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    TechnologyFrom the laboratory to the startup: this is how Spanish scientists undertake

    From the laboratory to the startup: this is how Spanish scientists undertake

    The ability to generate knowledge is the basis of innovation. The first, in theory, is born above all in universities; the second, supposedly, in the company. But reality is almost never that simple.

    After decades of fighting with each other, more and more universities understand that knowledge in itself is not enough to improve society and that seeking a practical application to their research not only does not interfere with knowledge, but rather improves it.

    On the other hand, there are also more and more companies that know that without the knowledge of experts they are nothing. Or what is the same: that innovation without the support of a good theory is nothing more than fireworks, cheap magic tricks.

    In recent years, say many experts, Spanish hospitals and research centers have shown that they do not have much to envy the elite in terms of patents and publications in high-impact journals.

    “Although we have the most important thing, we face a clear area of ​​​​improvement, Transfer that knowledge to companies that have the capabilities to turn it into products and services”, underlines Rocío Arroyo, CEO of Amadix.

    Making the leap from the laboratory to the startup is not easy. However, it is becoming more frequent. Thus, Business Insider Spain has talked to some scientists and researchers who now lead successful start-ups and companies. How they did it?

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    Rocío Arroyo is 49 years old, has a degree in pharmacy from the Complutense University of Madrid and has an MBA from the Instituto de Empresa. In addition to her research side, she is a mentor in support programs for researchers and entrepreneurs, as well as a member of the Board of Directors of AseBio (Spanish Association of Biocompanies), where she coordinates the National Group of Molecular Diagnosis and Personalized Medicine.

    Arroyo has been awarded the National Innovation Award from the Ministry of Science (2022) and the EU Innovative Woman Award (2022). He is currently CEO of Amadix, a biotechnology company dedicated to the early detection of cancer through a blood test.

    As explained to Business Insider Spain, his professional career has been focused from the beginning on cancer prevention through innovation. Now, at Amadix they are working on precision medicine to detect the molecular signals of colon, pancreatic and lung cancer in a blood test before the first symptoms of the disease appear. “We want to get ahead of the tumor to extend the lives of patients.”

    “Especially in health, researchers are the first to want to see how their scientific advances they finally get to transfer the patients. For this reason, technology transfer is increasingly encouraged from the transfer offices of our hospitals and research centers”.

    In fact, as the entrepreneur indicates, in recent years several training programs have been launched aimed at scientists who want to undertake and acquire leadership and management skills for companies based on the technologies that they themselves develop, so that they can finally reach to the market.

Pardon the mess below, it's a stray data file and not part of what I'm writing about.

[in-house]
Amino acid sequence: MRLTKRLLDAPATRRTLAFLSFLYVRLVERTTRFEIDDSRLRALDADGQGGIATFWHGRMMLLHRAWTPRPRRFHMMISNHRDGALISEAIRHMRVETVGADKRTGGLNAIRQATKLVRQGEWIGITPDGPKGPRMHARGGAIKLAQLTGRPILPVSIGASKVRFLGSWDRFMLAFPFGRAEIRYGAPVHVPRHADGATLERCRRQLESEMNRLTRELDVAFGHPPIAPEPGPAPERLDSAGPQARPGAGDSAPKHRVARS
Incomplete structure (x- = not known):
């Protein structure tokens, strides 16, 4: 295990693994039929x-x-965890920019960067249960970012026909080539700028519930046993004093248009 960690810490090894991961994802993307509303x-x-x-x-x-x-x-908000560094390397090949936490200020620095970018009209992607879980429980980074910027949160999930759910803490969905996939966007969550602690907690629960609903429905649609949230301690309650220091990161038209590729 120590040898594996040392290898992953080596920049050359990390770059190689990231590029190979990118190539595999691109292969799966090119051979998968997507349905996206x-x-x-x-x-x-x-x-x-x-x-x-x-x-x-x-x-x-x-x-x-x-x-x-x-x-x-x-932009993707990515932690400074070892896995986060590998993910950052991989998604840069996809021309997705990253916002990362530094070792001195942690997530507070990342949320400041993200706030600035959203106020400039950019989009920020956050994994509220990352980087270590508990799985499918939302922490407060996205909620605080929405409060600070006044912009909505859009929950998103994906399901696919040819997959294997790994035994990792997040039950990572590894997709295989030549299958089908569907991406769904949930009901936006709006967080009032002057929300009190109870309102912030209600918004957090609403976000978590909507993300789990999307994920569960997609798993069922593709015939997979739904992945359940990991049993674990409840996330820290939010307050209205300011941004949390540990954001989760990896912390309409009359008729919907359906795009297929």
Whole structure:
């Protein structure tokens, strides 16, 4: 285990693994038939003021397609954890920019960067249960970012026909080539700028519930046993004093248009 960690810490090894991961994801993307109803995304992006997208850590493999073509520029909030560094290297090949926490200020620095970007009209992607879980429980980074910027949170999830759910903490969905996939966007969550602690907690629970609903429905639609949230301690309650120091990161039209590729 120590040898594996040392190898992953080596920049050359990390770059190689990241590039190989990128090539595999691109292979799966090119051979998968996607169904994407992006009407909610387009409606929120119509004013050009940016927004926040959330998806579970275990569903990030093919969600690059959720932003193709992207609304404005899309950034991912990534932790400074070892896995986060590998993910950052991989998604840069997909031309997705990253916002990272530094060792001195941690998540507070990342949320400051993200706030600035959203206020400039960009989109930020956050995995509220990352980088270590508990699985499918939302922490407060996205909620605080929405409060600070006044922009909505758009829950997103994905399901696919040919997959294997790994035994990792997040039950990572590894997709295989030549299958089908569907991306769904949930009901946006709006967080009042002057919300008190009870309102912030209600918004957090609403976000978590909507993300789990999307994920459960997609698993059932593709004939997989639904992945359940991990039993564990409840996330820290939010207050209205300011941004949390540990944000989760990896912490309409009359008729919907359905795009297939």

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    For the CEO of Amadix, one of the keys to ensure that research and advances reach the patient is to “strengthen and professionalize the technology transfer offices of hospitals and research centers, providing them with sufficient human resources to provide support and tools to researchers.”

    “It would be very positive to encourage and give more weight in the academic career to applied results, including economic returns for the researcher. Establish from the research center a system of incentives for cooperation between companies and research groups”, adds the entrepreneur.

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    Rubén Molina is 30 years old, from Martos, Jaén. He studied Building Engineering and a Master’s in Structural Engineering at the University of Granada, where he began his doctoral thesis on the device that gave rise to his entrepreneurship.

    “I didn’t finish my thesis, I abandoned it to create the company. It is a decision that has marked and will mark my whole life, although I can’t be more sure that I did the right thingMolina explains.

    “Since we created Innitius and I left university, my work has been about generating clinical and commercial value from our scientific base, plus, of course, raising funds so that we can continue to grow and move forward.”

    With Innitius, Molina develops a medical device for the diagnosis of preterm labor. It consists of a hardware part that measures the consistency of the pregnant patient’s cervical tissue, and a software part that combines this mechanical parameter with other variables from the patient’s clinical history to give the diagnosis.

    As the Andalusian entrepreneur adds, “preterm labor is the first pathology that we are going to tackle, but we can and we will apply the technology to other fields such as labor induction, fertilization in vitroetc”.

    For Rubén Molina it is important to highlight that an exceptional scientist does not necessarily have to be an exceptional entrepreneur. “I always say that everyone has to focus their work on what really adds value.”

    Regarding the transfer of knowledge in Spain, the entrepreneur has a fairly positive impression, although he states that “he would place more emphasis on analyzing and promoting not only industrial property, but also the need to be covered and whether this technology or science can make a real impact in society”.